Reps. Mac Huddleston, R-Pontotoc, and Nick Bain, D-Corinth, made trips to Little Rock last week as members of a task force created by House Speaker Philip Gunn, R-Clinton, to study the issues surrounding the lottery. Other members of the committee made a similar trip to Baton Rouge to garner information.
“They were very cooperative,” Huddleston said of the lottery officials in Arkansas. “I don’t feel like there was any border jealously there.”
Mississippi is one of six states in the nation that does not have a lottery. Currently, multiple state officials, such as Gov. Phil Bryant, argue that many Mississippians are spending money on lottery tickets in the neighboring states of Arkansas, Louisiana and Tennessee. If Mississippi develops a lottery, it could cost those states revenue.
Both Bain and Huddleston said they were surprised at the overhead involved with the Arkansas lottery. Bain said only about 20 percent of the lottery revenue goes toward scholarships and the remainder goes to support the operation of the lottery, ranging from advertising to paying personnel to purchasing lottery tickets.
Bain said Louisiana has “a mandate” that limits the percentage of the lottery revenue that can be spent on the operation of the lottery. But Arkansas has no such mandate.
“I think it would be better” to have a mandate, Huddleston said. “But I don’t know. I was not even familiar with a mandate until the past 24 hours.”
Bain said officials in Arkansas could not say whether students receiving the scholarships from the Arkansas Education Lottery are staying in the state to work.
“They could not say whether it has helped with economic development,” Bain said. “But they do not feel it has increased the dependence on entitlement programs. And I don’t believe it would. I don’t think the lottery is like casinos in that regard.”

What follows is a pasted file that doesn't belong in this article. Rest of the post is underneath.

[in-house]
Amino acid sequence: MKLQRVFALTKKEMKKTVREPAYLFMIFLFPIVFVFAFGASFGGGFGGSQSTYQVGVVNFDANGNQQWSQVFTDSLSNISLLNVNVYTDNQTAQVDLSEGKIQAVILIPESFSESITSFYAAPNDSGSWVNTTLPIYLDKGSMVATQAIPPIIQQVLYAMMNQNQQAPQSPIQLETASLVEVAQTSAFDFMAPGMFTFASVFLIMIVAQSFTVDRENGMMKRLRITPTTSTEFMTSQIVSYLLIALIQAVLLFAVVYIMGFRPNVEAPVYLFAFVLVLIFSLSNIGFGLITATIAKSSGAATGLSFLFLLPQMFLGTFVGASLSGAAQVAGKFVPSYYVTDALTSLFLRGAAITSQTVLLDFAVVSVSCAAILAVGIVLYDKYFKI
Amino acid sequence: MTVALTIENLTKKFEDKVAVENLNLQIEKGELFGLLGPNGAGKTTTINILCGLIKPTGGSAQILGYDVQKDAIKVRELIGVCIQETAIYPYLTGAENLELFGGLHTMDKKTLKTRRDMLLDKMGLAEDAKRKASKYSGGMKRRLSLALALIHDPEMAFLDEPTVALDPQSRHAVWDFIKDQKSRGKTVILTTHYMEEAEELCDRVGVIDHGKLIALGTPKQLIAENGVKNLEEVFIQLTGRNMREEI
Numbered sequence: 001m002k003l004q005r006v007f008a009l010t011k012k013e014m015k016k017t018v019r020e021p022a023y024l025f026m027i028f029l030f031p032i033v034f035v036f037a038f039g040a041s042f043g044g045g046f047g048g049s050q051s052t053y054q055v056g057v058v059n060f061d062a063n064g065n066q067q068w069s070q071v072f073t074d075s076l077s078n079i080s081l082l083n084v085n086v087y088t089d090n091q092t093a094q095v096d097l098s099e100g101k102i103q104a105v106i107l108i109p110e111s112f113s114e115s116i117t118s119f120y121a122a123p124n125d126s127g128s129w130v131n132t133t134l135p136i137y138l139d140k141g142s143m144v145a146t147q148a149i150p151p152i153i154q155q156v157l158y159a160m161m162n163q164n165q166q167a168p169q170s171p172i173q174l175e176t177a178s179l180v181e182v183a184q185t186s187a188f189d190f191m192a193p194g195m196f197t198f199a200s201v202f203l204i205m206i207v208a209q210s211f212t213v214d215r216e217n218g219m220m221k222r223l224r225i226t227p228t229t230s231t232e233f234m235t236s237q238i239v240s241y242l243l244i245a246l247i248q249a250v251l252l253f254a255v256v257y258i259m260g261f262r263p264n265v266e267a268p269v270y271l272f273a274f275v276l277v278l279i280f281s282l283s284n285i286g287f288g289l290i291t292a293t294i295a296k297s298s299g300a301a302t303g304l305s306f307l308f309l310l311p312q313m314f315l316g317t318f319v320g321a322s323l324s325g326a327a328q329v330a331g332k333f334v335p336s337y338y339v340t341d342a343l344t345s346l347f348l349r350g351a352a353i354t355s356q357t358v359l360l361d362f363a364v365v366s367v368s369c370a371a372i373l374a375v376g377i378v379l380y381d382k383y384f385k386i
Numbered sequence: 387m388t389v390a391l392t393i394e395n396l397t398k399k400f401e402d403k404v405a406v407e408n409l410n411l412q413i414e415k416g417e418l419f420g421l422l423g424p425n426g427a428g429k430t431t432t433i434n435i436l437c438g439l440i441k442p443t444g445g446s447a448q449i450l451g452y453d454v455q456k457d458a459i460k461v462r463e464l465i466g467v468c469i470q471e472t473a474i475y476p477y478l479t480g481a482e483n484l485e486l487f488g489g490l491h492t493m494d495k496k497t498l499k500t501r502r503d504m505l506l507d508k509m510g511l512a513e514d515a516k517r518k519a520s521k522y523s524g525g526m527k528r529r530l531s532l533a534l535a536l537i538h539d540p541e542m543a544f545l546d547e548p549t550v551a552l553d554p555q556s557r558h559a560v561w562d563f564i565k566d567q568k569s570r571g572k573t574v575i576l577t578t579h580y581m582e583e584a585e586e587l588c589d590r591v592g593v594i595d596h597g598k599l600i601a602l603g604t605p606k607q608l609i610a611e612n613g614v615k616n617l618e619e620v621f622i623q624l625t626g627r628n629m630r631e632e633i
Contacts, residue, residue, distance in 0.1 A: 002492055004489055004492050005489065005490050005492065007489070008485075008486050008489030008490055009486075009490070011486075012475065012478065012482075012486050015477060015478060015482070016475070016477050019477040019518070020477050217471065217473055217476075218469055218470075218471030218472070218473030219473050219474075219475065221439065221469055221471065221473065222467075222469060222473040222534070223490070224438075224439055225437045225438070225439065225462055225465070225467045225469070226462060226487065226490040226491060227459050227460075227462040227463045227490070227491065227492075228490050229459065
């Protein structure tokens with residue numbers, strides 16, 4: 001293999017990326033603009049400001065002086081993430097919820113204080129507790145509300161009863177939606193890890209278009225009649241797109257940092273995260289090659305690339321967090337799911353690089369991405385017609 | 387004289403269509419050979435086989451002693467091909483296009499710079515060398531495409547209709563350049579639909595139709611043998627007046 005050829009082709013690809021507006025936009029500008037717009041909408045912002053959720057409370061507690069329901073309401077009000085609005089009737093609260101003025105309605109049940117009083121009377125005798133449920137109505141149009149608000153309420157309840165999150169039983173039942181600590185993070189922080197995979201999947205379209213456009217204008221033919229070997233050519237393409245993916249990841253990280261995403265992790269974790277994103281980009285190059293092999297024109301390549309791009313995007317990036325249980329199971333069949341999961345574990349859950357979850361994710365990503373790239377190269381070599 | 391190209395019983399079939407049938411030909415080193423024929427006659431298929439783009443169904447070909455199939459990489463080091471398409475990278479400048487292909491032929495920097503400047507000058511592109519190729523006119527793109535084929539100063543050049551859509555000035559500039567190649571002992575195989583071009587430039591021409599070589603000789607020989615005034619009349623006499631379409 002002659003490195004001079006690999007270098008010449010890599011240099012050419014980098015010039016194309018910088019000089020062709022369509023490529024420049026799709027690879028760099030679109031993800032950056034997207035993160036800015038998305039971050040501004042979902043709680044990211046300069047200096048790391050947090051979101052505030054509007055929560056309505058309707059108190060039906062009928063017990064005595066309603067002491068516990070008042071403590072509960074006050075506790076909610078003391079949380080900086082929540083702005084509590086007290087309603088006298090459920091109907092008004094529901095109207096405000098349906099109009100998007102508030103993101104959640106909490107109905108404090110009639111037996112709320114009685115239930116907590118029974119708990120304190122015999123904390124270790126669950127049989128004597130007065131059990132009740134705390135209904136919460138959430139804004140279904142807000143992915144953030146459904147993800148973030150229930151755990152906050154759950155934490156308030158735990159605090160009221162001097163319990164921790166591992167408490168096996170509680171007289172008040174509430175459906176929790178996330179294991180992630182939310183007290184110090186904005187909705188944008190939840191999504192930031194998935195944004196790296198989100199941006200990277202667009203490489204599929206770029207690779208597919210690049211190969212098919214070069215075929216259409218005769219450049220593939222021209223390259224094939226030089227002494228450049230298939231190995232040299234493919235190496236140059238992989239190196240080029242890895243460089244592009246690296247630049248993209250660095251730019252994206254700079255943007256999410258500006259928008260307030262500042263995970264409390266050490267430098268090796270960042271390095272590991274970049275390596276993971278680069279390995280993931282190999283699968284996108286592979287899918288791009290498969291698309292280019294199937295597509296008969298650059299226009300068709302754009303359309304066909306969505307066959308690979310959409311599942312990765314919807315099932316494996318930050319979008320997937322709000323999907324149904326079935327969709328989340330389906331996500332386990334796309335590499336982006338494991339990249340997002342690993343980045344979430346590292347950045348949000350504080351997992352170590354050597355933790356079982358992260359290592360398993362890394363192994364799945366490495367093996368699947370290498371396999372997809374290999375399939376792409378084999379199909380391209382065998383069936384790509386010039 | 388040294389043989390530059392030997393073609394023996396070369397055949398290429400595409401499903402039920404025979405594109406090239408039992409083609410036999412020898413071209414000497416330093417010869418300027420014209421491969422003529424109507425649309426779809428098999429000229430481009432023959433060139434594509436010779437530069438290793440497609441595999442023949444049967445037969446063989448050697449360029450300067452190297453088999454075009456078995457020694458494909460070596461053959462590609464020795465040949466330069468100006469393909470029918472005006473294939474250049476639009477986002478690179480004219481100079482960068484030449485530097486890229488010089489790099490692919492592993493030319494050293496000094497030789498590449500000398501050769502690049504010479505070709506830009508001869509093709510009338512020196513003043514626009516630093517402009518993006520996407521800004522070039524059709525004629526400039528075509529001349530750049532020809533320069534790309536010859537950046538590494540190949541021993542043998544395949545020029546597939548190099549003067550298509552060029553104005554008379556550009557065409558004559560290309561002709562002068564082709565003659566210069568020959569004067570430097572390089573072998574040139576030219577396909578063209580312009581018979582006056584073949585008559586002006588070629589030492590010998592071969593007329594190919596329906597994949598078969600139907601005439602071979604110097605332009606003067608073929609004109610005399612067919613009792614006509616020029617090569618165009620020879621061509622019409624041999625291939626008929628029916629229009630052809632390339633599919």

While the bulk of the profits from lotteries in Louisiana and Arkansas are directed to education endeavors, Bryant at first advocated that the money from a proposed Mississippi lottery be diverted to the general fund to be divvied up by the Legislature like other state tax collections. Later he suggested that lottery revenue might be a source of money to address road and bridge needs.
According to information compiled for the task force, in fiscal year 2016 after prizes and expenses were paid, the lottery generated:
- $85.2 million for Arkansas.
- $177.9 million for Louisiana.
- $394 million for Tennessee.
It has been estimated that Mississippi’s revenue from a lottery would be comparable to that of Arkansas, though, that is the type of information the study committee will be trying to determine in the coming months. Mississippi has a total state-support budget of about $6 billion.
The lottery task force is expected to meet again in the coming weeks. Huddleston said before that meeting some members of the task force might visit Tennessee to garner information from that state. The other state bordering Mississippi, Alabama, also does not have a lottery.
House Gaming Chair Richard Bennett, R-Long Beach, who chairs the lottery task force, said the report his group submits to the House for the 2018 session will not make a statement on whether the state should adopt a lottery, but will instead provide information to members.
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